Mentoring, formally and informally; we find the use of getting key staff to work on one off projects outside of their normal scope quite useful too. I am also a big fan of staff doing institute of director courses
9. What are the 3 key aspects you look at when you hire your direct reports?
Diversity; passion and languages.
10.How does the growth prospect of your organization look like for the next 12-24 months?
We have been on a strong growth phase over the past 5 years and we know that the next 5 year plan will see us delivering strong growth again.
11. Will there be any significant change in the market dynamics in next few years? If so, what steps are you taking for the same?
The market dynamics are always changing and the trick is trying to predict it or if not, quickly adapting to it. To do this you need seasoned staff with a range of eq and iq skills and with a global mindset. Learn what is happening in other markets and consider who that can be useful in your key markets. An example of that for us is that japanese investors have been investing money to save for their retirement at zero interest rates for >20 years. What other investment options have they looked at to give them a return above zero? Use those insights to adapat back into your key markets where it is only in recent years that investors there have seen very low interest rates.
12. In a world full of volatility, Uncertainty, complexity & Ambiguity (VUCA), innovation has become one of the most important factor to transform a crisis into an opportunity. How do you promote Innovation?
For me, innovation inside a large company can be tricky. Again, having staff with diverse backgrounds is critical. What i believe is even more critical is having a safe environment internally so that they can fail. Not all great inventions get taken up. You need to say to the staff: go and develop some interesting ideas, solutions, products. If they work great, but also learn from situations that do not work too.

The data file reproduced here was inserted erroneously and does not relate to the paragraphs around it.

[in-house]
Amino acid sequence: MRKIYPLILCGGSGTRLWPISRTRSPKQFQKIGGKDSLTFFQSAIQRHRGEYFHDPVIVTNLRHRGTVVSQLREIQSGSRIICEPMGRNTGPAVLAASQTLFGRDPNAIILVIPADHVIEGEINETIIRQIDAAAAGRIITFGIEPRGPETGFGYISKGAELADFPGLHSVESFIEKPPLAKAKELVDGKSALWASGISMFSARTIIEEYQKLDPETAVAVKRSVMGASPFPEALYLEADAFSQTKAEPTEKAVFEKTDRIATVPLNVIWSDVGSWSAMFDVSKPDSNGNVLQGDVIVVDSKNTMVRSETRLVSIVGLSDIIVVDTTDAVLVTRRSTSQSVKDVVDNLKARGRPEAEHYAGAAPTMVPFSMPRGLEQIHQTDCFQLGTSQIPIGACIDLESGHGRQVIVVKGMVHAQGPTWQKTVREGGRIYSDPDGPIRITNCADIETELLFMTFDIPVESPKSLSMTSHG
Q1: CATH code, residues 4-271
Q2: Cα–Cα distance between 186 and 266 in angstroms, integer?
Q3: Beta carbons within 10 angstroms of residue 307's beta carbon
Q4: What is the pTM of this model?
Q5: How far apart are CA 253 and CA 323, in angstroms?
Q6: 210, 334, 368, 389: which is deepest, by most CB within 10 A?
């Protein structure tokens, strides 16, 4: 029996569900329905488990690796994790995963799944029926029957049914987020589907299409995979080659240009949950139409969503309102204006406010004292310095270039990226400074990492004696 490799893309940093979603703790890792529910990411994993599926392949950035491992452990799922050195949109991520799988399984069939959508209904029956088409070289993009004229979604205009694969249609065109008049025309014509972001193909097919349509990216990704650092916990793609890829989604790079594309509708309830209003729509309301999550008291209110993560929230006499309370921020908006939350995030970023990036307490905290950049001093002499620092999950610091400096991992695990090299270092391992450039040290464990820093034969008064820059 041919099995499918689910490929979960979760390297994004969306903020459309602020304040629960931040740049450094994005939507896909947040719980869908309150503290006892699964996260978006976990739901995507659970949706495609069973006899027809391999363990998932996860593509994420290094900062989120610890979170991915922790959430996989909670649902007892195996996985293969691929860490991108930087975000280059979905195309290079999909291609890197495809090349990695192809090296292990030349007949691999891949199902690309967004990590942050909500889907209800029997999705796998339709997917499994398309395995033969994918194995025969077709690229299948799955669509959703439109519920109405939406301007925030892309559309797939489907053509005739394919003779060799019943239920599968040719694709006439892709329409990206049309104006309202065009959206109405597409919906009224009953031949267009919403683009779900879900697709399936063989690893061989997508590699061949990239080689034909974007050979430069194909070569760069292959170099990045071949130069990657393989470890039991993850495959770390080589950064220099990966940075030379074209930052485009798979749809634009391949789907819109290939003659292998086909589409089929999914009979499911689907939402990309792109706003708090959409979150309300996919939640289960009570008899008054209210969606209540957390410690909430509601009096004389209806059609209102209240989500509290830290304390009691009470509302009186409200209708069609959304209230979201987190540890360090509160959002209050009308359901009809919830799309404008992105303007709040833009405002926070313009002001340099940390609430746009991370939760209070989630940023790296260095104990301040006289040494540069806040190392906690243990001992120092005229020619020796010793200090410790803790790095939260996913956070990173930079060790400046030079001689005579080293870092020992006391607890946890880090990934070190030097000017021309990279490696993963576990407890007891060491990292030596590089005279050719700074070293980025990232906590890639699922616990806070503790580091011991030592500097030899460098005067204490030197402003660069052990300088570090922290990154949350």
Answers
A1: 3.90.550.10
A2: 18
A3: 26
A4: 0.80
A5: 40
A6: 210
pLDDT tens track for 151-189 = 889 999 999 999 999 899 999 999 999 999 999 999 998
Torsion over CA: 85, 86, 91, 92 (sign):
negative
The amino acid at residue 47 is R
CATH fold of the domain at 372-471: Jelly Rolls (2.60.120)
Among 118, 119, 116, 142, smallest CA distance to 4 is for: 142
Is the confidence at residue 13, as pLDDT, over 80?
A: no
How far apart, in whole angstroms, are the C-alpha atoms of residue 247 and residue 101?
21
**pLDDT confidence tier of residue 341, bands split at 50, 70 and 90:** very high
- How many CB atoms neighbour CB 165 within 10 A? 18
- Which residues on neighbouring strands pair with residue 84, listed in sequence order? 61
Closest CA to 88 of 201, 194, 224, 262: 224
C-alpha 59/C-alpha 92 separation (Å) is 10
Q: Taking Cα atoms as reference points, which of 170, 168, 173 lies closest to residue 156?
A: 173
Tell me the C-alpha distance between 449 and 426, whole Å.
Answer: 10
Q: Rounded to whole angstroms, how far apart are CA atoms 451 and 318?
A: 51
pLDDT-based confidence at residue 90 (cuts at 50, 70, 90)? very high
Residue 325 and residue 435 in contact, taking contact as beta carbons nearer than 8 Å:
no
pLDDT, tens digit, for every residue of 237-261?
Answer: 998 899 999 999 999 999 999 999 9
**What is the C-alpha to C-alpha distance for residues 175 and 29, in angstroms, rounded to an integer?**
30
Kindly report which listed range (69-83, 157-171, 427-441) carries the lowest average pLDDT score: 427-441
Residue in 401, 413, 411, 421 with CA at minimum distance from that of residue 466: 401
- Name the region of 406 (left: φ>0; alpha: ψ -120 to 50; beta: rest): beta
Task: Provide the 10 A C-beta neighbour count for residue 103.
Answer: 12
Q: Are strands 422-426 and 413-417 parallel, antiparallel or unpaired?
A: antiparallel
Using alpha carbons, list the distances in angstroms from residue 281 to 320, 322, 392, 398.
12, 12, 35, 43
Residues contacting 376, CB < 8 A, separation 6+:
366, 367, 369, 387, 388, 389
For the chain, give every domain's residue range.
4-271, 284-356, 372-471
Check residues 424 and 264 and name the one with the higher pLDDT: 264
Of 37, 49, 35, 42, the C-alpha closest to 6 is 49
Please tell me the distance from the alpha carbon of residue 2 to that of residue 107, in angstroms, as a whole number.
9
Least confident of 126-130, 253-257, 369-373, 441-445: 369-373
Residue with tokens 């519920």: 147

13. How Indian leaders can become Global Leaders?
India punches well above its weight in global leaders. They are very globally minded; driven, articulate and have no issues with being job mobile. Indians generally talk a big game, but often they do not have enough self-confidence.
14. What are the shortcomings and strengths of Indian Leaders?
Shortcomings: as above, occasions of self-doubt; sometimes too cocky. Strengths: diverse thinking skills: great with numbers to big picture thinking and strong orators. Excellent networkers and a drive to innovate.
15. What are the 3 most pivotal moments in your career that you either learned from and/or that got you where you are today?
My father had a small trucking company. He worked hard so that we could go to good schools. We worked with him as kids and i was determined not to see the sacrifices my parents made go to waste by me too becoming a truck driver. Another key moment for me was being offered to opportunity to move from melbourne to hk in 1994. I was concerned about whether i could live outside of australia and do a new job in a foreign region well. 21 years later i am still there! The final reflection for me is to understand what are drivers of the people you work with; also can you learn from the local cultures where you travel to on business. So don’t always come with a western mindset. Learn the best of what asian cultures has to offer and use that when you are doing business in that country.
16. What key lessons have you learnt from any mistakes, if any, made in the past? How would you do it differently?
Life is about making mistakes: you just have to make more good decisions than bad ones. Keep your strike rate above 50 and you will be ok.
17. How do you define & practice leadership?
Leadership is being genuine and accessible to your staff and to have constant lines of communication with them. This is also hard in global organisations, so you need to visit regularly, share your vision, lead by example and importantly make decisions. Again you are not going to always get them right, but don’t be spooked by the power of decision making: just do it.